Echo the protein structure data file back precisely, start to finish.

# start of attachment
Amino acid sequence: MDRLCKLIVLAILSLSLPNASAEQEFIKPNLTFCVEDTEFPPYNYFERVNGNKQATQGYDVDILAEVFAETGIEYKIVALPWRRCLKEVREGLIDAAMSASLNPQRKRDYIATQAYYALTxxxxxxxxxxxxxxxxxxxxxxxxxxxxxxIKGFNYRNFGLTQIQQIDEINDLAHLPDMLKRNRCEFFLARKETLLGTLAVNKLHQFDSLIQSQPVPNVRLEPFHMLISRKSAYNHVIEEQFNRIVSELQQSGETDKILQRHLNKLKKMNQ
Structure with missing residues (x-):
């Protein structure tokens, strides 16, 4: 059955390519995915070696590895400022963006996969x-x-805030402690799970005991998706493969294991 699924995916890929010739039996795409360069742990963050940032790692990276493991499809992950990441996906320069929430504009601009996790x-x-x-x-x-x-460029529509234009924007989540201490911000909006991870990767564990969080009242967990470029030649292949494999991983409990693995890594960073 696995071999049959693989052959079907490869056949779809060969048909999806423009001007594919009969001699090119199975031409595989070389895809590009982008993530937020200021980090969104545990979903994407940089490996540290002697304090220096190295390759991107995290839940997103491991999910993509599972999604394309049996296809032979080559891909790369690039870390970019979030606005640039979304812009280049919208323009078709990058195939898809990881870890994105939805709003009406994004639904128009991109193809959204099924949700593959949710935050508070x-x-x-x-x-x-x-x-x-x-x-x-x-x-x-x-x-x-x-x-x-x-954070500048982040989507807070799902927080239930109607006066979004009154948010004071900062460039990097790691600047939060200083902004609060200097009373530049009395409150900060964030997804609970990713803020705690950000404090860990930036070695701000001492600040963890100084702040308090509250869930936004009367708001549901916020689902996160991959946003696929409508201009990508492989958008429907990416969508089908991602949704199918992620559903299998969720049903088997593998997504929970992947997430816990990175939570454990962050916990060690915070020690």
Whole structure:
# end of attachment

Amino acid sequence: MDRLCKLIVLAILSLSLPNASAEQEFIKPNLTFCVEDTEFPPYNYFERVNGNKQATQGYDVDILAEVFAETGIEYKIVALPWRRCLKEVREGLIDAAMSASLNPQRKRDYIATQAYYALTxxxxxxxxxxxxxxxxxxxxxxxxxxxxxxIKGFNYRNFGLTQIQQIDEINDLAHLPDMLKRNRCEFFLARKETLLGTLAVNKLHQFDSLIQSQPVPNVRLEPFHMLISRKSAYNHVIEEQFNRIVSELQQSGETDKILQRHLNKLKKMNQ
Structure with missing residues (x-):
């Protein structure tokens, strides 16, 4: 059955390519995915070696590895400022963006996969x-x-805030402690799970005991998706493969294991 699924995916890929010739039996795409360069742990963050940032790692990276493991499809992950990441996906320069929430504009601009996790x-x-x-x-x-x-460029529509234009924007989540201490911000909006991870990767564990969080009242967990470029030649292949494999991983409990693995890594960073 696995071999049959693989052959079907490869056949779809060969048909999806423009001007594919009969001699090119199975031409595989070389895809590009982008993530937020200021980090969104545990979903994407940089490996540290002697304090220096190295390759991107995290839940997103491991999910993509599972999604394309049996296809032979080559891909790369690039870390970019979030606005640039979304812009280049919208323009078709990058195939898809990881870890994105939805709003009406994004639904128009991109193809959204099924949700593959949710935050508070x-x-x-x-x-x-x-x-x-x-x-x-x-x-x-x-x-x-x-x-x-x-954070500048982040989507807070799902927080239930109607006066979004009154948010004071900062460039990097790691600047939060200083902004609060200097009373530049009395409150900060964030997804609970990713803020705690950000404090860990930036070695701000001492600040963890100084702040308090509250869930936004009367708001549901916020689902996160991959946003696929409508201009990508492989958008429907990416969508089908991602949704199918992620559903299998969720049903088997593998997504929970992947997430816990990175939570454990962050916990060690915070020690």
Whole structure: